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Hancock Park Elementary School Students Take a Stand Against Hunger

Hancock Park Elementary School Students Take a Stand Against Hunger

Ms. Maslon’s second-grade class crafted eco-friendly Valentine’s Grams with plantable seeds to sell and raised $350 for the Los Angeles Regional Food Bank. Their elementary fundraiser was multifaceted, involving five classes ranging from kindergarten to 5th grade participating in making recycled paper hearts with seeds of hope.

Hancock Park Elementary School studentsThe class also researched food waste and changemakers, including Dolores Huerta, an American labor leader and civil rights leader who, with Cesar Chavez, is a co-founder of the United Farmworkers Association, which later merged with the Agricultural Workers Organizing Committee to become the United Farm Workers. 

The fundraiser was a point of conversation around food and nutrition insecurity with the young cohort. It deepened their understanding of the root causes of hunger and inspired their continued efforts by reading about trailblazers in the space.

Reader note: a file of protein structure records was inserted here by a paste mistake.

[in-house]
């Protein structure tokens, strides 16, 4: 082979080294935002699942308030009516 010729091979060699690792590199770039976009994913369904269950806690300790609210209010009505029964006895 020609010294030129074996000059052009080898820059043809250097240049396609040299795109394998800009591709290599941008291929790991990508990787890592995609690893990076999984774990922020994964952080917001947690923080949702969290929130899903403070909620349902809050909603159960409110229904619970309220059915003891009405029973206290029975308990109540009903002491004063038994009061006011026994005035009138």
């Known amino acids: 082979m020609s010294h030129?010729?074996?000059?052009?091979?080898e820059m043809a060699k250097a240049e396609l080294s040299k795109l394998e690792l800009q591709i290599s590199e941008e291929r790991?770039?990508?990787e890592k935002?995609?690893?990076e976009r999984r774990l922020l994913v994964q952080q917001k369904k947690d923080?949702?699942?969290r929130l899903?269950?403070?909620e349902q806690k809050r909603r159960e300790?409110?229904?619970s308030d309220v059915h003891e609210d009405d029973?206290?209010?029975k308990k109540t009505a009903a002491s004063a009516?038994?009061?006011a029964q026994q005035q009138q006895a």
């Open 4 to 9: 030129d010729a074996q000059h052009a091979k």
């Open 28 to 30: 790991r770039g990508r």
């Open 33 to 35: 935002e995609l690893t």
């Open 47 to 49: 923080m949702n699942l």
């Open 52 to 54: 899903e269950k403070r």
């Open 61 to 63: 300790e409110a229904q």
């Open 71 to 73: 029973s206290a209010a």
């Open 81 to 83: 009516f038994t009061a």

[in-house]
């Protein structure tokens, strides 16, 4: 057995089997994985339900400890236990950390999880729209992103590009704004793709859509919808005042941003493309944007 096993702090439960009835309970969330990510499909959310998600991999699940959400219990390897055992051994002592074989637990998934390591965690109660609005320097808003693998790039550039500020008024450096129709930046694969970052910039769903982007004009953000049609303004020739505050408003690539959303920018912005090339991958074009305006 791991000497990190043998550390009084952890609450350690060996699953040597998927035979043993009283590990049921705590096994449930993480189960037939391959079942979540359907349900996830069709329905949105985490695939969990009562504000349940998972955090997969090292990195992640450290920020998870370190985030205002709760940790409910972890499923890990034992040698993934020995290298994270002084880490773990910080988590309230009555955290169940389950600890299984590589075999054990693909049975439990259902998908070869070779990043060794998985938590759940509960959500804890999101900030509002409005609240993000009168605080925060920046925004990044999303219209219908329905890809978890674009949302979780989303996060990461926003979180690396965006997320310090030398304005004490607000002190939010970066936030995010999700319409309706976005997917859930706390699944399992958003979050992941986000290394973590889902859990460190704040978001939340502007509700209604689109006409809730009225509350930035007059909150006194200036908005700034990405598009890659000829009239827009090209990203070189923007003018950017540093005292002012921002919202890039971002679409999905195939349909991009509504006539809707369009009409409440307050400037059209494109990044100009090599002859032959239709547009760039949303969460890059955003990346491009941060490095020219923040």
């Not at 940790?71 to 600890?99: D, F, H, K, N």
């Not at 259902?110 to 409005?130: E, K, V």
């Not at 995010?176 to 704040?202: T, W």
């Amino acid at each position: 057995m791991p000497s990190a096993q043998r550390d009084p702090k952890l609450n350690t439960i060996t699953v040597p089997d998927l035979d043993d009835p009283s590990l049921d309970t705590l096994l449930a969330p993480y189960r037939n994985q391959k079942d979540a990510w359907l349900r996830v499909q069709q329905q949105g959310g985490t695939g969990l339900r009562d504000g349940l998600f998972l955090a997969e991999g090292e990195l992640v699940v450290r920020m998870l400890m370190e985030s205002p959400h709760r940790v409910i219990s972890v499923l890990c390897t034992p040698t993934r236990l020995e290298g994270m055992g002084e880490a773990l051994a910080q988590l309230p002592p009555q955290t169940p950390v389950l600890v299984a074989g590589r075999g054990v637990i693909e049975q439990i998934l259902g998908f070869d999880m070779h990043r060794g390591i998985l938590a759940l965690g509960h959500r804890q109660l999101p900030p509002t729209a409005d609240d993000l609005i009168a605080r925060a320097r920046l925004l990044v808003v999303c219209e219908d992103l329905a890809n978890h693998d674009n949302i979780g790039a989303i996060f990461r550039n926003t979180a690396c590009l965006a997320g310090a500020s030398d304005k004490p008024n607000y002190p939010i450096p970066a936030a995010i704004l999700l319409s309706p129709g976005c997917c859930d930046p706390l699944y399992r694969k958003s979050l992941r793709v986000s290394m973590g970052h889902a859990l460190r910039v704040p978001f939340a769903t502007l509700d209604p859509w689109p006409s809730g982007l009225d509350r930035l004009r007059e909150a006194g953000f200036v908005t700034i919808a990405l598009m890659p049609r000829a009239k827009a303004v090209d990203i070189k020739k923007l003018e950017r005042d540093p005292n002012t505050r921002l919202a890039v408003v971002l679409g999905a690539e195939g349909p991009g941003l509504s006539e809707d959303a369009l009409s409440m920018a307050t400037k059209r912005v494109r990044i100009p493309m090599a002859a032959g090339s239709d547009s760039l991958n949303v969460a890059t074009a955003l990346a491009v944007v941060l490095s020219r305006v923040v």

These young students took their newfound knowledge and passion and turned it into actionable steps to address food waste and hunger within their school. They helped implement protocols to ensure that uneaten fruit would be rescued for neighbors rather than thrown into landfills—another growing problem. 

This young group of changemakers and their teacher represent the spirit, empathy, compassion and passion that help fuel the work of the Food Bank and its partners across LA County, as so many neighbors need food and nutrition support. 

Hancock Park Elementary School students

Ms. Maslon emphasized, “We chose to give to the Los Angeles Regional Food Bank because of the percentage of money that actually goes to helping people locally.”

The Food Bank commends this group of inspiring students, their teacher and all those who helped support their fundraising efforts, which will have a positive ripple effect on the lives of their neighbors. 

This story reminds us that age is just a limit when it comes to wanting to make a difference in the same way that food and nutrition insecurity is indiscriminate regardless of age, background and socioeconomic status. 

Join Ms. Maslon, her second-grade students and the countless other hunger-relief advocates now while the need is still high and create your own fundraiser

Get Involved

We invite you to join us to combat hunger and support food-insecure communities. Your contributions, whether through volunteering or donations, can make a real difference in the lives of those struggling with food insecurity. Together, #WeFeedLA.

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UCLA Survey Finds that 24% of LA County Residents Have Worried About Going Hungry

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